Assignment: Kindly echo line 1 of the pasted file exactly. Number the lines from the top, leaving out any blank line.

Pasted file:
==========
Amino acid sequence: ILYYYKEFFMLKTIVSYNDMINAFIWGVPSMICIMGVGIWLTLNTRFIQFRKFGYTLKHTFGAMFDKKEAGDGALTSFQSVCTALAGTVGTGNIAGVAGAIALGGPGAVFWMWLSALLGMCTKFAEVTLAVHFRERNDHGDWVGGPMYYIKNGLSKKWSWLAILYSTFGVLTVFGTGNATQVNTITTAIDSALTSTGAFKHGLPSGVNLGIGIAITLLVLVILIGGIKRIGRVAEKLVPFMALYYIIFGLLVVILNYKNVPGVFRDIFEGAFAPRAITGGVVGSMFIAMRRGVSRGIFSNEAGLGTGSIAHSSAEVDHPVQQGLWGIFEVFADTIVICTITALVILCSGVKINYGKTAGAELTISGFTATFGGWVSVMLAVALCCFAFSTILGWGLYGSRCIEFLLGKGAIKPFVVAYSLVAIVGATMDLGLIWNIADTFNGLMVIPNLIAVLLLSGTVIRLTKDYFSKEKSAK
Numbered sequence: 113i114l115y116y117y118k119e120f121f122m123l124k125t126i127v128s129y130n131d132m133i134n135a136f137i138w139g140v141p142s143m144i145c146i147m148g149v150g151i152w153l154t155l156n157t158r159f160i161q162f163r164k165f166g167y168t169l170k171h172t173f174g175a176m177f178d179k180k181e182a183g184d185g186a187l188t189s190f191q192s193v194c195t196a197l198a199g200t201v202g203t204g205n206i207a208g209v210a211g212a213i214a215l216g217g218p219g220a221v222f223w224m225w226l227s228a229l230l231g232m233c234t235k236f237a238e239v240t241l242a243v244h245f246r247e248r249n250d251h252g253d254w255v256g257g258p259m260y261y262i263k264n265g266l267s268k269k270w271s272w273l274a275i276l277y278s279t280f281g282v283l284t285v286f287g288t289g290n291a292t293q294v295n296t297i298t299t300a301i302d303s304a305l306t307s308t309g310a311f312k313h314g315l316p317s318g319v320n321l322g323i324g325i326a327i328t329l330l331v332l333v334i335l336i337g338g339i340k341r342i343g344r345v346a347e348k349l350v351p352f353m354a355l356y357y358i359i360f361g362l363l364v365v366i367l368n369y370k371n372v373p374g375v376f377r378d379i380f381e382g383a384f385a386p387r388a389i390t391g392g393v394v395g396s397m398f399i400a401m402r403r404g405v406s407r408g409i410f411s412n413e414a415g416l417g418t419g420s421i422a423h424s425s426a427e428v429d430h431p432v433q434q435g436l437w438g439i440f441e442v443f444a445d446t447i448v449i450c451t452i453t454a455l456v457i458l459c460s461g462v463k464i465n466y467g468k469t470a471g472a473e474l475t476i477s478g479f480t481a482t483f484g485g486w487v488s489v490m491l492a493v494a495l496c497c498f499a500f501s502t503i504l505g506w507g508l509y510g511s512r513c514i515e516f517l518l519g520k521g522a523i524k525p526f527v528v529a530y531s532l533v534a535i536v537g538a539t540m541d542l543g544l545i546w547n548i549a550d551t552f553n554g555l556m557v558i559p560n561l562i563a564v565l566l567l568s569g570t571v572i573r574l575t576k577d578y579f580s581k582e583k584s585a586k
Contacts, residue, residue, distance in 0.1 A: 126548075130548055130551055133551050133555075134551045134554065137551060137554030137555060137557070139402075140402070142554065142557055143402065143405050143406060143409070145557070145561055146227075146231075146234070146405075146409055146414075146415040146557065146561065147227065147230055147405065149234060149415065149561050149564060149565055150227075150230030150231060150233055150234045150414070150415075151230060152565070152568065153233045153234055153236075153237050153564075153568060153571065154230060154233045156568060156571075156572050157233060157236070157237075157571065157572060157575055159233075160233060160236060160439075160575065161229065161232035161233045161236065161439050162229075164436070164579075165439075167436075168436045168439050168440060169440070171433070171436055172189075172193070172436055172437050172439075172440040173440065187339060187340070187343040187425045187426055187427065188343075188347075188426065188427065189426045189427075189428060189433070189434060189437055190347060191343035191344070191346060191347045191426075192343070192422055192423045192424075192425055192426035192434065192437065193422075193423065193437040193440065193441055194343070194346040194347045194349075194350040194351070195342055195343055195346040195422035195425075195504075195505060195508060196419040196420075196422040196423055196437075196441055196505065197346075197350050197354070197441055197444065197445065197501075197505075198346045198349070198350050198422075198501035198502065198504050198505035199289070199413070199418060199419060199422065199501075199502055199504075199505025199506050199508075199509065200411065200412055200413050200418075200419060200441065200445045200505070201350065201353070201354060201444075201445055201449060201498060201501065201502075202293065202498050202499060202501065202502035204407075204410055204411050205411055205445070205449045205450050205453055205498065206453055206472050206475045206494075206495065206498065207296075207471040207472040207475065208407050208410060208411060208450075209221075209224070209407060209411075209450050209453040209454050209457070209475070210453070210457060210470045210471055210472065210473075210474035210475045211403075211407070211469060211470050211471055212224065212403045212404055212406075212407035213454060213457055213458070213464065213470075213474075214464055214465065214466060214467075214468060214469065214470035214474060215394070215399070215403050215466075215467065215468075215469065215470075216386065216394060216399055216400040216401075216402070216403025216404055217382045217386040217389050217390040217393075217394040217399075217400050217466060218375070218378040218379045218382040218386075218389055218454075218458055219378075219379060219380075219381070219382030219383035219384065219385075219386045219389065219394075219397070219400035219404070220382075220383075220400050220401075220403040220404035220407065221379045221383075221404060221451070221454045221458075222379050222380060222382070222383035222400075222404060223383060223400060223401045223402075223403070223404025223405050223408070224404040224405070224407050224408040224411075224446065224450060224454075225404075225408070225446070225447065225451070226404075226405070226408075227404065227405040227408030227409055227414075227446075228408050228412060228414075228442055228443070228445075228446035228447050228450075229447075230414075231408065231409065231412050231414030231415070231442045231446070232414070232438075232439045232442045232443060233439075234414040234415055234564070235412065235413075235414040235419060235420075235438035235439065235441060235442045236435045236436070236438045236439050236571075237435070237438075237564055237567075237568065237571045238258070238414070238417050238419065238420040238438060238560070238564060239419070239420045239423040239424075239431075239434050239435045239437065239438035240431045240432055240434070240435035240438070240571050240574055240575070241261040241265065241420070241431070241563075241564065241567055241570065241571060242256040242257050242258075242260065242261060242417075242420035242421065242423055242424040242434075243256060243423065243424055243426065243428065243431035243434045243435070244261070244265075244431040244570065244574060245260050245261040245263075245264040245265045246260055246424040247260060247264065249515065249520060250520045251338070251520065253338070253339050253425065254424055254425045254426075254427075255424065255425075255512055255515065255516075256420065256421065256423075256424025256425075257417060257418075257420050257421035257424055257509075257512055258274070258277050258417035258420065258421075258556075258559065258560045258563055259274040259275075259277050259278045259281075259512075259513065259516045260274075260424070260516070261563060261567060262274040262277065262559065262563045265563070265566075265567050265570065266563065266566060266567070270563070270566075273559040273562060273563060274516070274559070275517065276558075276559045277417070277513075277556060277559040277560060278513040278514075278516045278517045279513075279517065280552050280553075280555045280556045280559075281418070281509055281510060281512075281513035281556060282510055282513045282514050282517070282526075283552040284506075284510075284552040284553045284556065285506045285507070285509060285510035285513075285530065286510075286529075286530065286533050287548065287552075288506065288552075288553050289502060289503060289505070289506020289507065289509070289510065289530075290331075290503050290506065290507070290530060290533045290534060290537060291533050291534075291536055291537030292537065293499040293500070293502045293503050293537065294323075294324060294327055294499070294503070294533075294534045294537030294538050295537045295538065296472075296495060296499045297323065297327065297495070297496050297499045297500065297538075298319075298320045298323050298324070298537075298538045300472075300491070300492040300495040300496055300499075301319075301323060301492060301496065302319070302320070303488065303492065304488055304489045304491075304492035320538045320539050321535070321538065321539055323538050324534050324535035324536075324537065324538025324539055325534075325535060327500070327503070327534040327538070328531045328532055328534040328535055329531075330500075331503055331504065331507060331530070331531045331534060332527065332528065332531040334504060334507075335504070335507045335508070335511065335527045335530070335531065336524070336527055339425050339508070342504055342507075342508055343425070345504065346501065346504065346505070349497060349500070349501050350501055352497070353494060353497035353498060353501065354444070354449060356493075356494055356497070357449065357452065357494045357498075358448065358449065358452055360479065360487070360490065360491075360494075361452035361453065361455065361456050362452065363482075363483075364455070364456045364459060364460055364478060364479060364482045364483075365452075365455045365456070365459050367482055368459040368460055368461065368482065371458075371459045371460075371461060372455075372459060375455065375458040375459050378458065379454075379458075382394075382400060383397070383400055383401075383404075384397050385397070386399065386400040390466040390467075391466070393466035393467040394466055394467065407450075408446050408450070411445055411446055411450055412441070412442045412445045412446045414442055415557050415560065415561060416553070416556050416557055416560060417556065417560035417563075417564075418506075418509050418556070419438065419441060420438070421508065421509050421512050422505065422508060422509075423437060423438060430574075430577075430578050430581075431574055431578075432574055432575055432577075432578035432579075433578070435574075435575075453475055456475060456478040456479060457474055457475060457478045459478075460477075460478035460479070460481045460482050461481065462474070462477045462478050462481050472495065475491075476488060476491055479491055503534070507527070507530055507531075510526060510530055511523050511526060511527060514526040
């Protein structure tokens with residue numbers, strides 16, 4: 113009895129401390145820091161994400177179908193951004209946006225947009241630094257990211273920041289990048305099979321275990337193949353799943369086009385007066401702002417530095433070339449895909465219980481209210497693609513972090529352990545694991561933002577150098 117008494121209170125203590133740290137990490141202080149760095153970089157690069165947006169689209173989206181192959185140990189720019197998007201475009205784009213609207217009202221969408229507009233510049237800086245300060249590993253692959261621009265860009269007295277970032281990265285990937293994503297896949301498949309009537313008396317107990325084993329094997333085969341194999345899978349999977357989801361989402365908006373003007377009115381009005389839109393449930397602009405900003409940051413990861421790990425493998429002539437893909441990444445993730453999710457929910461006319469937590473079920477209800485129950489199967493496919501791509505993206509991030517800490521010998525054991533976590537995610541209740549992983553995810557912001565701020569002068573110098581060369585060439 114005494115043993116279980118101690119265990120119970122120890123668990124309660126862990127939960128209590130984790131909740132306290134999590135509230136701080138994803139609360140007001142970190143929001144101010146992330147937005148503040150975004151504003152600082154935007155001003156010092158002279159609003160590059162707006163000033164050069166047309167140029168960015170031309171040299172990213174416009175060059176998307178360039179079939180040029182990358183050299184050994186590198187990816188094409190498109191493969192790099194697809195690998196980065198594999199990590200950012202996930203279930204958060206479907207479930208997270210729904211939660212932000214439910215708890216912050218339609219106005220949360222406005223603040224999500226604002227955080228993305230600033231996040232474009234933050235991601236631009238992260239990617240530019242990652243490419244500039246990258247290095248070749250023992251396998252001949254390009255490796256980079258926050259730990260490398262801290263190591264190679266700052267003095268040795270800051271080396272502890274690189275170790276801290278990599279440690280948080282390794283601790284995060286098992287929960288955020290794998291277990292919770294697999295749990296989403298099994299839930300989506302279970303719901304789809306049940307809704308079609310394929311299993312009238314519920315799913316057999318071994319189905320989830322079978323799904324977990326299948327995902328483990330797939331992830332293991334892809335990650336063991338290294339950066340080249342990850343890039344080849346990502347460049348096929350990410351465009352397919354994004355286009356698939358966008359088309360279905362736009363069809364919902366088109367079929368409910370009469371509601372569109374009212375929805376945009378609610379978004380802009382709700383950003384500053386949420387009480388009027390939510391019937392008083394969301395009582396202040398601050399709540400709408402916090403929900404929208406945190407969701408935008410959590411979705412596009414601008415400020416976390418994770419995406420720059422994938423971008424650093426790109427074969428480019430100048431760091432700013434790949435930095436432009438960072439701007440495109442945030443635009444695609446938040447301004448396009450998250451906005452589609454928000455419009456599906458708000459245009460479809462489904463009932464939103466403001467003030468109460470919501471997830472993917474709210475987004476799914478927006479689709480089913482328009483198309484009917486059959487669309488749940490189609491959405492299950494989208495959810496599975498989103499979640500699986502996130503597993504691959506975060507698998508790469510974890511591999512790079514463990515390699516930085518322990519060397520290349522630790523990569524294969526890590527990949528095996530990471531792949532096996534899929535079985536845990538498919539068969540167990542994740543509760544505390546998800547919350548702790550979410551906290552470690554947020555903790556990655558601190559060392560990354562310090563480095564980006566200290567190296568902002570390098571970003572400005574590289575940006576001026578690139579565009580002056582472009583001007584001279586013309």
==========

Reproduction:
Amino acid sequence: ILYYYKEFFMLKTIVSYNDMINAFIWGVPSMICIMGVGIWLTLNTRFIQFRKFGYTLKHTFGAMFDKKEAGDGALTSFQSVCTALAGTVGTGNIAGVAGAIALGGPGAVFWMWLSALLGMCTKFAEVTLAVHFRERNDHGDWVGGPMYYIKNGLSKKWSWLAILYSTFGVLTVFGTGNATQVNTITTAIDSALTSTGAFKHGLPSGVNLGIGIAITLLVLVILIGGIKRIGRVAEKLVPFMALYYIIFGLLVVILNYKNVPGVFRDIFEGAFAPRAITGGVVGSMFIAMRRGVSRGIFSNEAGLGTGSIAHSSAEVDHPVQQGLWGIFEVFADTIVICTITALVILCSGVKINYGKTAGAELTISGFTATFGGWVSVMLAVALCCFAFSTILGWGLYGSRCIEFLLGKGAIKPFVVAYSLVAIVGATMDLGLIWNIADTFNGLMVIPNLIAVLLLSGTVIRLTKDYFSKEKSAK